David

I have no idea who that would be directed to, since everyone who popped by this thread seemed to be more or less involved in the issue, most contributing with alternatives. Personally, I’ve been trying to understand what aaandima is trying to get across, and he seems to be talking about notation and not audio. After all, if you need a notation software for its notation and not the playback, surely you understand that these are two different things.

3D notation could be kinda cool, like looking at Google Earth. Just think how Appalachian Spring would look projected onto the mountains.

If you rotate the viewing angle about a horizontal axis, music could transpose automagically. Unless the system ends up being the higher the note, the louder? Then you can get rid of expressions which might really clean up the page. Might have to wear special glasses (which I do anyway because of old age).

If you view from under the notes and looked up, you could do inversions. Conductor scores could be a step above the player’s parts. Organ music could have the notes way above in the organ loft. Bass players and percussionists would be between the conductor and sitting players. Opera scores would obviously be deep in the pits, but the singing parts would be very visible. Similarly for ballet. For marching bands there could be some good use of 3D, maybe incorporating the movement as well.

I’m having trouble visualizing what a page of 3D notation would look like. If the result is meant to be printed or on a screen then a sketched example, however basic, ought to be possible.
Or am I completely missing the point?

You are absolutely right, because there is no standard yet for the positioning of single notes or sounds. But there are postions of soprano, tenor, bass, alto, written like SSTBBA in the choir, for example.
There are no movements, except perhaps with composers like Thomas Tallis. New is now the influence of electronic music. And here in modern programs the position of a sound as a vector in space is described (like Dolby Atmos).

If you want to write music for a choir of people and involve electronic instruments, then you should be able to position an electronic instrument so that it does not disturb the selection of, for example, Choir positions SSTTBBAA acoustically, but supports it.

But if you only write music for electronic instruments, it could be done in vectors like Dolby Atmos. Sound objects that can be positioned at specific coordinates in the listening room. Coordinates are relatively well transferable in notation, like “y2x3z5” on Example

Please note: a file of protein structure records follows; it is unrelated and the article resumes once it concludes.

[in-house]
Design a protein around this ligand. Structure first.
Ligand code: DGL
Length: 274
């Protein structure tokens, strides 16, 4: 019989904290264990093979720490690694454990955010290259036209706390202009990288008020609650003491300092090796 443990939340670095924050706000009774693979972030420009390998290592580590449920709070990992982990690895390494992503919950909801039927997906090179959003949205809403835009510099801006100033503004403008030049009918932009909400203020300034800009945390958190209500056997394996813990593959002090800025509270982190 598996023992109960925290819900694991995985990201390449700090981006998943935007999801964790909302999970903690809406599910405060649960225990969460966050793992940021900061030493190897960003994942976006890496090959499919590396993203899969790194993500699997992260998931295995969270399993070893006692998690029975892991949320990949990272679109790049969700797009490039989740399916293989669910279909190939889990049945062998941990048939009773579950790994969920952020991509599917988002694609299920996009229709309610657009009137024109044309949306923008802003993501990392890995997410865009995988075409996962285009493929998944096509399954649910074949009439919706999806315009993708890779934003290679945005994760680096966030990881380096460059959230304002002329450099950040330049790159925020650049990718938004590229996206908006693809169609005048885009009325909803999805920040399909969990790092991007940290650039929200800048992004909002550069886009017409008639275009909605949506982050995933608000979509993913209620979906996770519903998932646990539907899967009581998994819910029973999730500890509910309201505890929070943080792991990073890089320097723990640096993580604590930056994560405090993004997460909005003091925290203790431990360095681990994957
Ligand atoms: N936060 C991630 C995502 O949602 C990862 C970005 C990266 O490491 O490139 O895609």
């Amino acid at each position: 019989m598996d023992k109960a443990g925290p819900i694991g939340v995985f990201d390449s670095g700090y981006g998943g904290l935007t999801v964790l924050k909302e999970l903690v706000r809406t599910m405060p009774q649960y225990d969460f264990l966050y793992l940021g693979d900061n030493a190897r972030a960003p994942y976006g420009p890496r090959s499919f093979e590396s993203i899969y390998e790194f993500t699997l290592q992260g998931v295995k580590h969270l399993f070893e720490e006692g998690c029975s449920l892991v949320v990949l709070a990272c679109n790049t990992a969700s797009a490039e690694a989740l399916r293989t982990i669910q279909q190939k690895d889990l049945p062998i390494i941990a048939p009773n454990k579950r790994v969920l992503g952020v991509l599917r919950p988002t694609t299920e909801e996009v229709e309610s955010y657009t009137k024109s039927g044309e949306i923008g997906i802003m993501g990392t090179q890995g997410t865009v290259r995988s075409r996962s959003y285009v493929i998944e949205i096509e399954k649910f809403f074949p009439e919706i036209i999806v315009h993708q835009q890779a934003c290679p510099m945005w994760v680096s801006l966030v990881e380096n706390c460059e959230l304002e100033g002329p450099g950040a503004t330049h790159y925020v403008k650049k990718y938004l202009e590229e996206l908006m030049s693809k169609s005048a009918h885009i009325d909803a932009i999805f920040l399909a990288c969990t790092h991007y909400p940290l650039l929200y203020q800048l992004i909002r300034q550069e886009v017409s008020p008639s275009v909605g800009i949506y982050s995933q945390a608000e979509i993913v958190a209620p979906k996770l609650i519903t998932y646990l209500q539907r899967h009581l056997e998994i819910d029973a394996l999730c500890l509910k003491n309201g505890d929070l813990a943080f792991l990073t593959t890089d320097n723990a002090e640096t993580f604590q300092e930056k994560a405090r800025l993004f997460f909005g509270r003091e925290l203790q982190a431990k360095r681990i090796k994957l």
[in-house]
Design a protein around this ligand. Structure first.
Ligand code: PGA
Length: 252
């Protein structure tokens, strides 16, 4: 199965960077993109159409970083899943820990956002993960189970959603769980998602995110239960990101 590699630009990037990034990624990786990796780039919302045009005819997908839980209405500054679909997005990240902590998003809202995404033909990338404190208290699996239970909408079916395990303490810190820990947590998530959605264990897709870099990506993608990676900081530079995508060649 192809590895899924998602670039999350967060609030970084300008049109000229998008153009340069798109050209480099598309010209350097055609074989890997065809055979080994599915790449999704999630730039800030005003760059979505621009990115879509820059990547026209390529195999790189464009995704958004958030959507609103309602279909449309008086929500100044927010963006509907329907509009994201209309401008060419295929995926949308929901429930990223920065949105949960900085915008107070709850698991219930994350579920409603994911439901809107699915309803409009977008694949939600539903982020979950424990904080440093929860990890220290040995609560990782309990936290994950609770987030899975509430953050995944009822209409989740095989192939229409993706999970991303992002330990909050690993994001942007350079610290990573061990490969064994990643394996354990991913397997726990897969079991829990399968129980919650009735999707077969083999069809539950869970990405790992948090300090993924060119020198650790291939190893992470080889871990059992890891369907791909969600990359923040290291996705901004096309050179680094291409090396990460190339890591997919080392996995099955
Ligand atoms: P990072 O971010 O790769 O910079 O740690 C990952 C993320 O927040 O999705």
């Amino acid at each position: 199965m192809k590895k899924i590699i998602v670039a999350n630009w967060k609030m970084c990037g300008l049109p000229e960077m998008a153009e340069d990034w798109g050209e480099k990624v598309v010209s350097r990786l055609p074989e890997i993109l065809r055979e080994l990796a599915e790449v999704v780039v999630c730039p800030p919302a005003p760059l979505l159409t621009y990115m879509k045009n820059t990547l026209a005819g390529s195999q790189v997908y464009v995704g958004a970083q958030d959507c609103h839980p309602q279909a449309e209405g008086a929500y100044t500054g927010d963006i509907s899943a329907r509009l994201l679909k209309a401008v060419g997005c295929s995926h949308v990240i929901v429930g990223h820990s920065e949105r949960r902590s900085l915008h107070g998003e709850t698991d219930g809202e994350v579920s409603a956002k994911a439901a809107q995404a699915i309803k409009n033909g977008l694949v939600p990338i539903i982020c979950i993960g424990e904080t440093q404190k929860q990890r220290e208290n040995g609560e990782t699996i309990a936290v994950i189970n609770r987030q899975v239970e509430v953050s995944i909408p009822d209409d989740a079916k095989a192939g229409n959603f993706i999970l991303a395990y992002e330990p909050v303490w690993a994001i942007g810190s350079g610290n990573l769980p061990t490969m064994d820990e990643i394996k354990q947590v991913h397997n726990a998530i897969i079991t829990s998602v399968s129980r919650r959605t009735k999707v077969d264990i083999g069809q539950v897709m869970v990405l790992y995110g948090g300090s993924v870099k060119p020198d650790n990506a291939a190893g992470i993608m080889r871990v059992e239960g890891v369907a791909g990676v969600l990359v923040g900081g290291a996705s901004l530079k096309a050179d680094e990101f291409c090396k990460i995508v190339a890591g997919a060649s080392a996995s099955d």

don’t think it’s handy, surround is a mixing decision on instrument level, not a composing one on note level IMHO
it might be handy to have an indicator like LF C RF LM RM LR RR SUB (expand for atmos and all other codecs :slight_smile: )
Also take a look at how ROLAND did this with motional surround.

All this 3D stuff is worthless, if it’s not understood downstream.

This is a very interesting idea. But I think there would have to be a standard, or at least widely used, notation technique for this before Dorico could implement it. In DAW’s it might be possible to implement it using 3 automation lanes representing the three spacial co-ordinates, with an appropriate rendering process to map this onto various speaker configurations as accurately as possible.

No doubt once holographic computer displays become standard, the (then) Dorico or CuBase Team will be on it in a flash.

Notations for 2D paning allready exists (2013) like “Sýnthesis” by Dr. Christian Dimker
http://christiandimpker.de/projects/synthesis/
http://www.digifaktum.de/downloads/pdf/286-9.pdf
He created vector symbols for paning to, but 2D is not 3D. I think Mr. Dimker will create such symbols later in his work.

But it is possible that such symbols are still searched by a few people - of course only until the possibilities are recognized. Then everybody wants it. I will now leave the discussion. I am a bit dusty here.